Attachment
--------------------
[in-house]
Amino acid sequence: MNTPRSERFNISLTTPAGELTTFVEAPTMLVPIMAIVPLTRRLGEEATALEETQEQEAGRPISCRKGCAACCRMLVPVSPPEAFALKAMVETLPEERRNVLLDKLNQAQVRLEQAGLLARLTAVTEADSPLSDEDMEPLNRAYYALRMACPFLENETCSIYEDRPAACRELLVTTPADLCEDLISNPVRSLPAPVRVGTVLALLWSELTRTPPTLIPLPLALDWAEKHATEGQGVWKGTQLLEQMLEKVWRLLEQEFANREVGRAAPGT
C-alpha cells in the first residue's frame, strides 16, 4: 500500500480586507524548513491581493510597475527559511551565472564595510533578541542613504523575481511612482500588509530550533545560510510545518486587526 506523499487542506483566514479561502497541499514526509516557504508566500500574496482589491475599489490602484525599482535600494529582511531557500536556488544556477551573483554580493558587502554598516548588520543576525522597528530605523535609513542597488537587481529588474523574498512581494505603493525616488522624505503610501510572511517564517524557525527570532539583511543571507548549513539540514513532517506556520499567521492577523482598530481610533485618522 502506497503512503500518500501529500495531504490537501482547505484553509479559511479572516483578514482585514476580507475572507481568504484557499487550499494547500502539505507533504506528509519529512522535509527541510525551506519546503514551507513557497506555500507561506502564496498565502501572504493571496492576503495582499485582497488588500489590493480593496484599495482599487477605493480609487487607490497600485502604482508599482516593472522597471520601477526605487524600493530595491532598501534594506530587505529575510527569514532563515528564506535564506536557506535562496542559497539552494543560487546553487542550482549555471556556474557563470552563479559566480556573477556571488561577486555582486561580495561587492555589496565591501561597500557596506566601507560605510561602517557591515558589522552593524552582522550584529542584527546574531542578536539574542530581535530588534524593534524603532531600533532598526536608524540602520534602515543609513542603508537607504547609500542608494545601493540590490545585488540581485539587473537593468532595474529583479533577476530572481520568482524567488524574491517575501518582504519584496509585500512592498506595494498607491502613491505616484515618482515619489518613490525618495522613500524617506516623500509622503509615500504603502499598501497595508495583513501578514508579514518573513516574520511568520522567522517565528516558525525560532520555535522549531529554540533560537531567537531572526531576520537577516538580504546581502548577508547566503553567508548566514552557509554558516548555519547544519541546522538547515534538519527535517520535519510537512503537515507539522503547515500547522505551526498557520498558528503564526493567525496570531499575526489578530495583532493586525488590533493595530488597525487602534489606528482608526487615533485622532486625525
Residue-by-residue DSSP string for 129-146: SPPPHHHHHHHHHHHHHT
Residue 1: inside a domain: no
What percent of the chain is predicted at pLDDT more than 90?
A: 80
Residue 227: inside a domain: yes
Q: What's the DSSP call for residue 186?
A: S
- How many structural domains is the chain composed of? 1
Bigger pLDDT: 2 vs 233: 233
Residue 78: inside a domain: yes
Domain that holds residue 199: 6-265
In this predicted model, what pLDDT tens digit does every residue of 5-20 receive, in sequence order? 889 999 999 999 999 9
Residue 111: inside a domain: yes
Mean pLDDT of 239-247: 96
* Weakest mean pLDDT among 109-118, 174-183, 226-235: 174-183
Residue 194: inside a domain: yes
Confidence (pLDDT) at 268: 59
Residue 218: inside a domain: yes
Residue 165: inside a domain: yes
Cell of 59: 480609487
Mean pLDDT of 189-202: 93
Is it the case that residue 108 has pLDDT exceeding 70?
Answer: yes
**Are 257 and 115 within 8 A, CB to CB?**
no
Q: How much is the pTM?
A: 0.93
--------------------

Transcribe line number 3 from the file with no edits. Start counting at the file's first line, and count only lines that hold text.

C-alpha cells in the first residue's frame, strides 16, 4: 500500500480586507524548513491581493510597475527559511551565472564595510533578541542613504523575481511612482500588509530550533545560510510545518486587526 506523499487542506483566514479561502497541499514526509516557504508566500500574496482589491475599489490602484525599482535600494529582511531557500536556488544556477551573483554580493558587502554598516548588520543576525522597528530605523535609513542597488537587481529588474523574498512581494505603493525616488522624505503610501510572511517564517524557525527570532539583511543571507548549513539540514513532517506556520499567521492577523482598530481610533485618522 502506497503512503500518500501529500495531504490537501482547505484553509479559511479572516483578514482585514476580507475572507481568504484557499487550499494547500502539505507533504506528509519529512522535509527541510525551506519546503514551507513557497506555500507561506502564496498565502501572504493571496492576503495582499485582497488588500489590493480593496484599495482599487477605493480609487487607490497600485502604482508599482516593472522597471520601477526605487524600493530595491532598501534594506530587505529575510527569514532563515528564506535564506536557506535562496542559497539552494543560487546553487542550482549555471556556474557563470552563479559566480556573477556571488561577486555582486561580495561587492555589496565591501561597500557596506566601507560605510561602517557591515558589522552593524552582522550584529542584527546574531542578536539574542530581535530588534524593534524603532531600533532598526536608524540602520534602515543609513542603508537607504547609500542608494545601493540590490545585488540581485539587473537593468532595474529583479533577476530572481520568482524567488524574491517575501518582504519584496509585500512592498506595494498607491502613491505616484515618482515619489518613490525618495522613500524617506516623500509622503509615500504603502499598501497595508495583513501578514508579514518573513516574520511568520522567522517565528516558525525560532520555535522549531529554540533560537531567537531572526531576520537577516538580504546581502548577508547566503553567508548566514552557509554558516548555519547544519541546522538547515534538519527535517520535519510537512503537515507539522503547515500547522505551526498557520498558528503564526493567525496570531499575526489578530495583532493586525488590533493595530488597525487602534489606528482608526487615533485622532486625525